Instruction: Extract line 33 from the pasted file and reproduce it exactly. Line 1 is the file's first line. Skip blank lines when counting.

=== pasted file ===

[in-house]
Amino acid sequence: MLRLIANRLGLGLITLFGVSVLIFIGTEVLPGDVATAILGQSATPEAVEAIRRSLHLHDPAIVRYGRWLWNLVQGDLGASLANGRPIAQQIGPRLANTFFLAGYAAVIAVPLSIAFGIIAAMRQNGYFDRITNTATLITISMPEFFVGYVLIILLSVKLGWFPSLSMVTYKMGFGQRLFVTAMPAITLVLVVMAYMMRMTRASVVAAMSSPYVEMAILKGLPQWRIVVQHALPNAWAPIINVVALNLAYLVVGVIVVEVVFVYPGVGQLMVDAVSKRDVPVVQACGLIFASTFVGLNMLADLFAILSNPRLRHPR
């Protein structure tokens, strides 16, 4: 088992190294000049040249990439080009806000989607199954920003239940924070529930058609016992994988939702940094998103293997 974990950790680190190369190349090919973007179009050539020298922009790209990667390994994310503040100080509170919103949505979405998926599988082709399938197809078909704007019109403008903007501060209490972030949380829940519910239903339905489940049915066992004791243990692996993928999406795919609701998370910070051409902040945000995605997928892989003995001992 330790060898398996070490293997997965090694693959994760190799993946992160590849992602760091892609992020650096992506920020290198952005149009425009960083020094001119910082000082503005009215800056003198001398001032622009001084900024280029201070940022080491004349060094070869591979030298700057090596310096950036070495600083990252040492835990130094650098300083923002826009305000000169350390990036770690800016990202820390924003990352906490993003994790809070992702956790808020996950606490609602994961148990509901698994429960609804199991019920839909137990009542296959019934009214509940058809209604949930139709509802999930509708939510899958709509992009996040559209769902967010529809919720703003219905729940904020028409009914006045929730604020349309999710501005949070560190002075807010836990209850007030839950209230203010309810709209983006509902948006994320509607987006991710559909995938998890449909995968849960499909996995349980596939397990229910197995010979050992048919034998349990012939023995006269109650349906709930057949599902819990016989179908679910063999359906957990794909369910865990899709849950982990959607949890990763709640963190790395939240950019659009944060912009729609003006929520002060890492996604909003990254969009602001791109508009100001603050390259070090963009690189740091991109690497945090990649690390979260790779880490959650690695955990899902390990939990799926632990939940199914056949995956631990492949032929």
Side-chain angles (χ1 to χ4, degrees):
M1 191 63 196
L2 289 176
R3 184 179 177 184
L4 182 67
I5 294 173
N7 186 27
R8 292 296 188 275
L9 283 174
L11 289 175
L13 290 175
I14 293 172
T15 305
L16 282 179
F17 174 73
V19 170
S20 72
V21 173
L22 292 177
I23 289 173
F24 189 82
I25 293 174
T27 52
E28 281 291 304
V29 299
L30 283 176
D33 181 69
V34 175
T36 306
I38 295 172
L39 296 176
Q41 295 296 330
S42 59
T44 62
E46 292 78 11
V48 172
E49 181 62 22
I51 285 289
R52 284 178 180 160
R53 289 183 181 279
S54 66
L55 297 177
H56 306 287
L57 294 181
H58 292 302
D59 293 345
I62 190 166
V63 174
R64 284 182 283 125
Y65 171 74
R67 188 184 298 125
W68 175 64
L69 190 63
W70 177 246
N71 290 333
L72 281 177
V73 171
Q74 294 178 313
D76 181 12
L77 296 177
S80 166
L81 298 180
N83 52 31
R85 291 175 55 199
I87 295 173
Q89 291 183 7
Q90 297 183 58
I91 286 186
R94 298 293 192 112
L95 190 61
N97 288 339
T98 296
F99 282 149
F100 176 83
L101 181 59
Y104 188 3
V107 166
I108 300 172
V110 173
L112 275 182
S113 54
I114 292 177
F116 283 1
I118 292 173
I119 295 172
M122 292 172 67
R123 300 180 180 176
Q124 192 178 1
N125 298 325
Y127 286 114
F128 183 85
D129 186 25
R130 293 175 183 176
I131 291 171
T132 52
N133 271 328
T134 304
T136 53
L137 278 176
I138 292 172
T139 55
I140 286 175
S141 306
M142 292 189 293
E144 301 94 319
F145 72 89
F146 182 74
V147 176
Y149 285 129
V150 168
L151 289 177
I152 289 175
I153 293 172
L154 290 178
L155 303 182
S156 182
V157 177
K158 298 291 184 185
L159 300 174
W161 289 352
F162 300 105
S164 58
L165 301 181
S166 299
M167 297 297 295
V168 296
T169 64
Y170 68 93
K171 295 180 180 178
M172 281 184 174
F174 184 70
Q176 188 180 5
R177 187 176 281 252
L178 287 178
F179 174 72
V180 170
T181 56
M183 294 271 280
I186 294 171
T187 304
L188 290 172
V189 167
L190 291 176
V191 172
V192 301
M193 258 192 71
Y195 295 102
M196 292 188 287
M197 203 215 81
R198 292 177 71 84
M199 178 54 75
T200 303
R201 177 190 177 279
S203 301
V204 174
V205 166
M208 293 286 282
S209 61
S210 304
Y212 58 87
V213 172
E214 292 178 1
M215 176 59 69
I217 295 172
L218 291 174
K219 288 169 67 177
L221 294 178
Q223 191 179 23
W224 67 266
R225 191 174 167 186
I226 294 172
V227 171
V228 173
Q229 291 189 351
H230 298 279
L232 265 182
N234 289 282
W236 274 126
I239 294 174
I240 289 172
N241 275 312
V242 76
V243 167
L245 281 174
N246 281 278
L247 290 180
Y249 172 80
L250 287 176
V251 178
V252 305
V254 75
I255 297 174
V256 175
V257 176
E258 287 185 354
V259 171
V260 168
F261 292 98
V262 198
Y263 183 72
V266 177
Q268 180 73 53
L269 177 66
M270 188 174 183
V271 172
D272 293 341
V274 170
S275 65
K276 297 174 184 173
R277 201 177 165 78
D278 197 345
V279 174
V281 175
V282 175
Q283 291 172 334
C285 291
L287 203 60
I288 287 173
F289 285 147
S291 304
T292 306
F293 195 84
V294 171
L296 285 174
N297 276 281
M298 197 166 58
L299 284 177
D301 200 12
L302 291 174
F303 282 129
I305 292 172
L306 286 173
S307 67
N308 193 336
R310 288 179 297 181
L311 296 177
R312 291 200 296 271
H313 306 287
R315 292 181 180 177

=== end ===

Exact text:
I38 295 172